Venue: Conference Room, Civic Centre, Silver Street, Enfield, EN1 3XA. View directions
Contact: Email: Democracy@enfield.gov.uk
WELCOME & APOLOGIES
The Chair welcomed everyone to the meeting and apologies of absence were received from Cllr Elif Erbil, Cllr Ayfer Orhan and Cllr Mahtab Uddin.
In the absence of the Chair and Vice Chair, Cllr Chinelo Anyanwu was nominated as Chair. This was seconded and agreed by the panel.
DECLARATIONS OF INTEREST
Members of the Committee are invited to identify any disclosable pecuniary, other pecuniary or non-pecuniary interests relevent to the items on the agenda.
There were no declarations of interest registered.
To agree the minutes of the previous meeting held on 8 July 2021.
The minutes of the Children, Young People & Education Scrutiny Panel held on the 8th July 2021 were agreed.
To receive the report from Ivana Price, Head of Early Help, Youth and Community Safety Services,and Sharon Davies, Learning Consultant PSHE / RSE & external projects.
Ivana Price, Head of Early Help, Youth and Community Safety Services, introduced the report and highlighted the following key points:
1. The programme was funded by the Department for Education (DfE) and a grant of £1.4m had been received for this year. The ambition was to reduce hunger and provide activities during the school holidays for children in receipt of free school meals.
2. Clear expectations had been set out by the DfE including a minimum of four hours per day, four days per week and six weeks per year. The curriculum should be of a high standard and the meals must be nutritious.
3. The timescales were very challenging, however a successful pilot was delivered during the Easter holidays with 556 children and young people attending.
4. The team had learnt from the Easter pilot project and a steering group was brought together to plan for the summer. The main challenges were with capacity so increased work with local providers took place.
5. 19 providers were selected to deliver the summer programme, with a total of 32,581 activity spaces created. The DfE’s target for engagement was 20% and Enfield achieved 22%. Most delivery took place in the more deprived areas of the borough.
In response the following comments were received from Panel Members:
1. Cllr Andrew Thorpe asked if the £1.493m figure was for the entire year. Ivana Price responded to confirm that it was.
2. Cllr Andrew Thorpe highlighted that if 22% accessed the programme, that left 78% that did not. It was questioned if the marketing was right, for example, if mainly through digital channels many families may not be able to access this.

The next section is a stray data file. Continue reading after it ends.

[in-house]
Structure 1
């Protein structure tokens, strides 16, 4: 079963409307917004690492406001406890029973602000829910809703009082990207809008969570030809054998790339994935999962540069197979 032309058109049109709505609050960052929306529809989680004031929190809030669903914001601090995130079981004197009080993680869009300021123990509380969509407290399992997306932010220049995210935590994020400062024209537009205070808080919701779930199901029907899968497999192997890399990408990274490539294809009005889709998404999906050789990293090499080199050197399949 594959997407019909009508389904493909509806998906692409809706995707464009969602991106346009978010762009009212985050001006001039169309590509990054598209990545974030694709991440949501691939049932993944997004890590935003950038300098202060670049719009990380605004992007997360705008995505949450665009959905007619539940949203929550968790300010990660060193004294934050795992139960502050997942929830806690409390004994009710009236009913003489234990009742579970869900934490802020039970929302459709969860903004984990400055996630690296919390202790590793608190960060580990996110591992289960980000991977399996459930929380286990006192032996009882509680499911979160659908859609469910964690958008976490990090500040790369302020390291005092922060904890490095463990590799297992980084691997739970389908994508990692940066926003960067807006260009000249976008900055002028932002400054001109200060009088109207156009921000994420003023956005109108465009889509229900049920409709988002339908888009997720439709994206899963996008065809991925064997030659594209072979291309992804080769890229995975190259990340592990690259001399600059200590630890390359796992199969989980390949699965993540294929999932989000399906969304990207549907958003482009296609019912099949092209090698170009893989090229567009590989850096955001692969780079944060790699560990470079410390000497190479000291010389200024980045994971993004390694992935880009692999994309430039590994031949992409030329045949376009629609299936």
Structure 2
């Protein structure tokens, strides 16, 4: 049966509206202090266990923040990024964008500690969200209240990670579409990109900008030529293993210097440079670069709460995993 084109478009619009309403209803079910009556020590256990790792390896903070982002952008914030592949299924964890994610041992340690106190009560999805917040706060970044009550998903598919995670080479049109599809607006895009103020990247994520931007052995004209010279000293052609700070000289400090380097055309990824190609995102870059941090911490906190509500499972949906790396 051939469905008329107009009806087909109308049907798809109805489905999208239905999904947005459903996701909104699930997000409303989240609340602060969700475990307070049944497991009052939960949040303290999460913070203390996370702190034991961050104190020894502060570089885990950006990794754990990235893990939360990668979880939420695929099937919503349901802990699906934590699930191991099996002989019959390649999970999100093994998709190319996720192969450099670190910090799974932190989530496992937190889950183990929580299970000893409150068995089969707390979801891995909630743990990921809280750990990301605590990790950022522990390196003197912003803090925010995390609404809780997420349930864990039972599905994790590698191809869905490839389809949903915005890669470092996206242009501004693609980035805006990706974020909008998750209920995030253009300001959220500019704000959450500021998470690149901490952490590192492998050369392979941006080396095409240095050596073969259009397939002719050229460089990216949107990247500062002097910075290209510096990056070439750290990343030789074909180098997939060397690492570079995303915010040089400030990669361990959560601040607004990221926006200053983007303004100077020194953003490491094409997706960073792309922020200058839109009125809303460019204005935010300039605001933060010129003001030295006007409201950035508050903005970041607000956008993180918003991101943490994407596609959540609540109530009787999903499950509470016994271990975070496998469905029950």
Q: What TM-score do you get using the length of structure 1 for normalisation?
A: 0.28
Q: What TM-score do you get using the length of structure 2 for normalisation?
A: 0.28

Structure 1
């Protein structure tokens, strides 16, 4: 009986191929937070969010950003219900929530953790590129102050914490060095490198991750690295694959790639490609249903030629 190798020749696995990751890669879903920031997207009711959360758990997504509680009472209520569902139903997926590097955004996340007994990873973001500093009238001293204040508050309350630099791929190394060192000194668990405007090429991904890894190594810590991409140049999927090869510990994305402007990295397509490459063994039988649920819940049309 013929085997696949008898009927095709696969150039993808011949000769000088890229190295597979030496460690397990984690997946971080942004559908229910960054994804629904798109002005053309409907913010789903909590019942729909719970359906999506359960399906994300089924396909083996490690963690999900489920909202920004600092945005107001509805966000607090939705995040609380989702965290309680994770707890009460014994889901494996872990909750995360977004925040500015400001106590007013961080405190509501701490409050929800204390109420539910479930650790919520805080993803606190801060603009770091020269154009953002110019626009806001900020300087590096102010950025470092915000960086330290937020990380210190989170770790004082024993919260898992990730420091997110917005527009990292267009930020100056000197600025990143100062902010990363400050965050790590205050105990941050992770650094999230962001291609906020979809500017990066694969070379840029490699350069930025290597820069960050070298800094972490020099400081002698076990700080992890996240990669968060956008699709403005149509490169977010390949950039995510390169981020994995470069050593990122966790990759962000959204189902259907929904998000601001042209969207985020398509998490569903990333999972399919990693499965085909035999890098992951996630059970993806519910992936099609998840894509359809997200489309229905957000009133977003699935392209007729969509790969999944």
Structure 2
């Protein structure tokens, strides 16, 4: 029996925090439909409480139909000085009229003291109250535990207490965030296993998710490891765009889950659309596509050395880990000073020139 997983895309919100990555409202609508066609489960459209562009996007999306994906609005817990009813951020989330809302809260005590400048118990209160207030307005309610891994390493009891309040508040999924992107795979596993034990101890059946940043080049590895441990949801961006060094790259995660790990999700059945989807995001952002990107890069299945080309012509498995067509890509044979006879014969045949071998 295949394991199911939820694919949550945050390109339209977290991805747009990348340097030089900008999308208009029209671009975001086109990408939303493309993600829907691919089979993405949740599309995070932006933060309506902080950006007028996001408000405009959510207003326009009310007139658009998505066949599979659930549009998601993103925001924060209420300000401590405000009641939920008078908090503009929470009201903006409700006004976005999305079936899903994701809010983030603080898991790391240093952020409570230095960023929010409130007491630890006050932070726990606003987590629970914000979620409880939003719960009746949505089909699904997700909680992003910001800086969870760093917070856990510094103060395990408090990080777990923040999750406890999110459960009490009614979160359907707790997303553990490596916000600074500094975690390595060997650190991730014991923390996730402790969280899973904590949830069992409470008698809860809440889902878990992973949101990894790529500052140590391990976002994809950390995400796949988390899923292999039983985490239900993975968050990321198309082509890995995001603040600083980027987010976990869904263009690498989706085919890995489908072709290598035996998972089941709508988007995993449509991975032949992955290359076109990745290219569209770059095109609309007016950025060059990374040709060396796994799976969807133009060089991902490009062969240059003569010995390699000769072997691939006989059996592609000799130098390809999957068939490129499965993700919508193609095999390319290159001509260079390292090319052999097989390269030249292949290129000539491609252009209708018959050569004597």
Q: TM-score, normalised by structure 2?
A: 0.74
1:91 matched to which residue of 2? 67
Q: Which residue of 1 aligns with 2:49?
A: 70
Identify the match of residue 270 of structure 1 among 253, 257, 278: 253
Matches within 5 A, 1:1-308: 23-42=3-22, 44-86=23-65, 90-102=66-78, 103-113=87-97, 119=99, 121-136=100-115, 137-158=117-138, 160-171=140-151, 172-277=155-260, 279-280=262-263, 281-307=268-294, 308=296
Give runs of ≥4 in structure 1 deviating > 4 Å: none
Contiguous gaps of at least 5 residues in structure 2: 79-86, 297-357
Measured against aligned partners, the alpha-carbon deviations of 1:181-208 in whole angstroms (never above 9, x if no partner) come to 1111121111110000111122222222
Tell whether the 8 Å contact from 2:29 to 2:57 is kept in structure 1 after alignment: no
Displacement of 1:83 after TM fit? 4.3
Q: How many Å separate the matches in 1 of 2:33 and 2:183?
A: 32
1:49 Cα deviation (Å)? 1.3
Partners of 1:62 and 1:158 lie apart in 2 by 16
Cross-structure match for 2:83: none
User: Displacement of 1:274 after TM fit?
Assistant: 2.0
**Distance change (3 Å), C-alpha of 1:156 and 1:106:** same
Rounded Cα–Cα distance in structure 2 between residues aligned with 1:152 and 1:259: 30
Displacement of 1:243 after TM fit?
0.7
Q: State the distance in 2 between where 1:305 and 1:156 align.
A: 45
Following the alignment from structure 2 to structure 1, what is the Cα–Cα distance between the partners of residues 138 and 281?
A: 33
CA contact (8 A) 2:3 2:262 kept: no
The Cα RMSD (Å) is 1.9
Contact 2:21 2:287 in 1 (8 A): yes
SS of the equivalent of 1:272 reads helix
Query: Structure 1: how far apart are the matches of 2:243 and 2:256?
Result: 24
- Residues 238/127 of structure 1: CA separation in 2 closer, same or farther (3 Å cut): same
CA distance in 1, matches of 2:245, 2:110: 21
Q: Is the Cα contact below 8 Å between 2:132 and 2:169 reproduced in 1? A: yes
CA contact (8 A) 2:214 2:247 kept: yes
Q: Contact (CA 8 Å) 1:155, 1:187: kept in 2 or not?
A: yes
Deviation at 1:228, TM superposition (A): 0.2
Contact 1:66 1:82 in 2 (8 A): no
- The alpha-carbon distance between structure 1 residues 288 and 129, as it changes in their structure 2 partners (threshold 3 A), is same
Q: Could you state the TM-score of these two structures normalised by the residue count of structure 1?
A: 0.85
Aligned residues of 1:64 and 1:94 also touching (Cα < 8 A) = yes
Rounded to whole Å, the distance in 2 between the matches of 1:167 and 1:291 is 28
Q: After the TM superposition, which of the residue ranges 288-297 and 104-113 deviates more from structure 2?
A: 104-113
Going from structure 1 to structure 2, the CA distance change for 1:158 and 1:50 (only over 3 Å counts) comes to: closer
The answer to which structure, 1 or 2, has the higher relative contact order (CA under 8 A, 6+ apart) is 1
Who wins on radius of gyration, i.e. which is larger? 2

In response, Ivana Price advised that there was a two-fold marketing campaign and more work was being doing locally with schools. The main issue was with the capacity of local providers and that many smaller providers could not meet the very specific requirements set out by the DfE. The team were working with them to assist on this matter and looking at providers outside of the borough. Marketing would also start earlier for the next programme.
Peter Nathan, Director of Education, added that the Covid-19 pandemic had also impacted the take up of the programme as many families kept their children at home in the fear of them mixing.
Cllr Andrew Thorpe also asked if the 22% take up was evenly distributed across the borough. Ivana Price advised that more detailed analysis was being carried out. ACTION
3. Cllr Glynis Vince asked what happens to the remainder of the grant if it is not fully used.
In response, Ivana Prince advised that the Council only receives what it anticipates it will use. Any money not used must be given back.
To receive a report on Increasing in-Borough SEND Provision from Neil Best, Head of Education Strategic Resourcing and Partnerships.
Neil Best, Head of Education Strategic Resourcing and Partnerships, outlined the report and the key points to note:
1. Large amounts of work had been carried out to increase the quantity of SEND provision within the borough. Almost all Enfield SEND schools were at capacity. In response, ESRP had worked with the SEN Service to increase both Additional Resourced Provision and Satellite Provision to extend the number of SEND place available with the borough. However, over 600 children were currently being educated out of borough.
2. Table 5 of the report detailed the current pipeline SEN projects that were coming through. Additional new sites were now also being considered with the aim of establishing larger scale SEND provision. Sites currently being considered within the viability studies include Addison House, the former Eldon Road Tuition Centre, and a site at Bell Lane. This work was being directly supported by EMT.